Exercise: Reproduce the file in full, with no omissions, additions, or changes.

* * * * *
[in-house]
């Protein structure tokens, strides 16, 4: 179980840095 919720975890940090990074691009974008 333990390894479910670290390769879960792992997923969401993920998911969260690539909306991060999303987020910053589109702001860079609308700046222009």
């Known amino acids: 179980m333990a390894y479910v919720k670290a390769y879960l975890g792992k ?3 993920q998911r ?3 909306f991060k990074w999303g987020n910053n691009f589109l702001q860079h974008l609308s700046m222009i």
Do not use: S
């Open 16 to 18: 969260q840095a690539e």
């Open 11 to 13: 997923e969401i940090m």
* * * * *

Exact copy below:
[in-house]
């Protein structure tokens, strides 16, 4: 179980840095 919720975890940090990074691009974008 333990390894479910670290390769879960792992997923969401993920998911969260690539909306991060999303987020910053589109702001860079609308700046222009």
């Known amino acids: 179980m333990a390894y479910v919720k670290a390769y879960l975890g792992k ?3 993920q998911r ?3 909306f991060k990074w999303g987020n910053n691009f589109l702001q860079h974008l609308s700046m222009i």
Do not use: S
């Open 16 to 18: 969260q840095a690539e």
């Open 11 to 13: 997923e969401i940090m």